Then Sam casually drops his family name, surprising Dany, who then has to admit that she burned his father to death for not bending the knee after the Loot Train battle. She can’t even tell poor Sam she’s sorry, because being queen means standing by your decisions.
Sam takes this pretty well — why, he never liked his jerk father much anyway. But at least he’s still got his cool brother Dickon, right?… Right?
At this point Dany just wants a trap door to pop open under her so she can get the hell out of this room: Yeah, you see, about that… your brother…I kind of burned him too?
Hey Sam: Is there anybody else you care about that you want to mention to Dany right now? Your sister perhaps? Go for three out of three?
This is now hugely awkward for everybody and Sam can barely contain himself and asks to be excused to put them all out of their collective misery. I think this might be my favorite scene in the premiere as it’s almost high comedy played very dramatically and it gives John Bradley (Sam) a chance to really shine. Also, notice how it segued right from Jon reassuring Sansa that Dany is not like her father (who, again, was known for burning people alive as punishment) right into a scene where Dany has to face her own prisoner burning.
Whew. So after that, Sam really deserves to not have another painfully difficult conversation for the rest of this episode. But no.
Last Hearth: Remember that Lord Umber moppet who popped up in the Great Hall at the beginning? Here Tormun — having survived The Wall collapse — is with Dolorous Edd and Beric Dondarrion at Last Hearth. This is a location just south of Castle Black (and far north of Winterfell).
Beric lights up his sword, because that’s what Beric does. I bet Beric does this when just hanging out in pubs. The trio are wary as everything is barren and spooky. They discover little Lord Umber chopped into one of those spirals the White Walkers love to leave behind.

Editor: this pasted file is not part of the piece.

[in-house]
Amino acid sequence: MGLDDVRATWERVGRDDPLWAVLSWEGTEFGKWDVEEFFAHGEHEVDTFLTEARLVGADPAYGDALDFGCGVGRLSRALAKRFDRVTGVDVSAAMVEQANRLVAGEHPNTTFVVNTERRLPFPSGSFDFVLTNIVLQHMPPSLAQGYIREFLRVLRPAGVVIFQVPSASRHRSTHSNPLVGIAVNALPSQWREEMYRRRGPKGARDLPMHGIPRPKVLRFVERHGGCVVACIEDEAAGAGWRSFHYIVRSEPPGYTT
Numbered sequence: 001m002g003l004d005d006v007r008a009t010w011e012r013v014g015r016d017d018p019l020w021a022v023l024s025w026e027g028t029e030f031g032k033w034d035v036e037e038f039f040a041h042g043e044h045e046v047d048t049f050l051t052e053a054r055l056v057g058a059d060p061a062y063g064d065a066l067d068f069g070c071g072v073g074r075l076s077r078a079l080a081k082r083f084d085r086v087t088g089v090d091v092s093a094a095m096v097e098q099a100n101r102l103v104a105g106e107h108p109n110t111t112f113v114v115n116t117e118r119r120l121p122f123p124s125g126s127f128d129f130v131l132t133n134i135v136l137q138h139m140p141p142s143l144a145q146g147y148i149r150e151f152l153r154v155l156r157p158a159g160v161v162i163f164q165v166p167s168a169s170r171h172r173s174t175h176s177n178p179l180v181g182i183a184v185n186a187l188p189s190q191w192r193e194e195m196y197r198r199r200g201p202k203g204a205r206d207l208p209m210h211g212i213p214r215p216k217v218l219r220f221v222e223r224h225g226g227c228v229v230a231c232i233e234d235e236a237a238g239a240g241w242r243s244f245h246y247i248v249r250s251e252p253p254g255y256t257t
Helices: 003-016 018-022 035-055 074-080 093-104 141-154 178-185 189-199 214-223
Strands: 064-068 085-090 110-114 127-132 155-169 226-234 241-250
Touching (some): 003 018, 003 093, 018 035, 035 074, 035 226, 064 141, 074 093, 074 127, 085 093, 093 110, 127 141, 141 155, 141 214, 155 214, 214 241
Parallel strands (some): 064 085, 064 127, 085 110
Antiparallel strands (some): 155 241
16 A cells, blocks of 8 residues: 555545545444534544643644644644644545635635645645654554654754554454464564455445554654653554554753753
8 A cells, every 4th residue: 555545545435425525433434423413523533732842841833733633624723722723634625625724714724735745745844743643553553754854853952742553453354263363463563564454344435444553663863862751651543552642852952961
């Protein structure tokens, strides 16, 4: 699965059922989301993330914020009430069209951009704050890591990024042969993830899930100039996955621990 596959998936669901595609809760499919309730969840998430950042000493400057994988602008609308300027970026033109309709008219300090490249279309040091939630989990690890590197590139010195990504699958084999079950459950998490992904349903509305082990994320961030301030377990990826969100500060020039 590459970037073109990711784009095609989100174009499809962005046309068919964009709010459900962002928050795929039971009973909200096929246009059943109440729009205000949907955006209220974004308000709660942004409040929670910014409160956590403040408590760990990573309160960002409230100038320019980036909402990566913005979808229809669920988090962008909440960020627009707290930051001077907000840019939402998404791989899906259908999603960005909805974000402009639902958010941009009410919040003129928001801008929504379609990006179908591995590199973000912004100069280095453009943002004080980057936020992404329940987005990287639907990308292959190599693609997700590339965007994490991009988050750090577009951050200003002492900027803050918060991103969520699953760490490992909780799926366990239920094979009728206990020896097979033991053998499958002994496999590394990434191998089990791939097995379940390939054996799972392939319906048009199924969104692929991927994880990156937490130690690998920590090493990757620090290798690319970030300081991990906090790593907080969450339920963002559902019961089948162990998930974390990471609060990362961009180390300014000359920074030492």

(“These are patterns that have mystical significance for the Children of the Forest,” Game of Thrones showrunner David Benioff has explained. “We’re not sure exactly what they signify, but spiral patterns are important in a lot of different cultures in our world, and it makes sense that they would be in this world as well.”)
Suddenly the dead little lord screams (the premiere audience jumped) and the trio of heroes set him ablaze. Just a little reminder of the threat to come (also, it’s yet another callback to the pilot; the opening scene where the Night’s Watch trio find the White Walker’s dismemberment of the Wildlings in the snow).
Winterfell: Sam goes to have a talk with Jon in — where else? — the Stark family crypt, where his secret mother Lyanna is entombed nearby and his secret father is decidedly not.
Jon is thrilled to see his good buddy, just as Dany was happy to greet Sam earlier. Nobody is making anything easy on Sam. He gives Jon the big news: “You’re the true heir to the Iron Throne.”
And how does Jon react? Jon — er, Aegon — is … pissed. Jon doesn’t want the Iron Throne. He never wanted it. And that means his father — or Ned Stark, rather, “the most honorable man I ever met … you’re saying he lied to me all my life?”
Jon has gone from feeling shame in his identity in the first season, to gradually accepting who he is and eventually taking some measure of pride in it. Now that’s all been ripped from him, including a father figure who means so much.
And hold up … um, just one thing here. If he’s Rhaegar’s son … and Rhaegar was the brother of Daenerys … then that makes Dany his …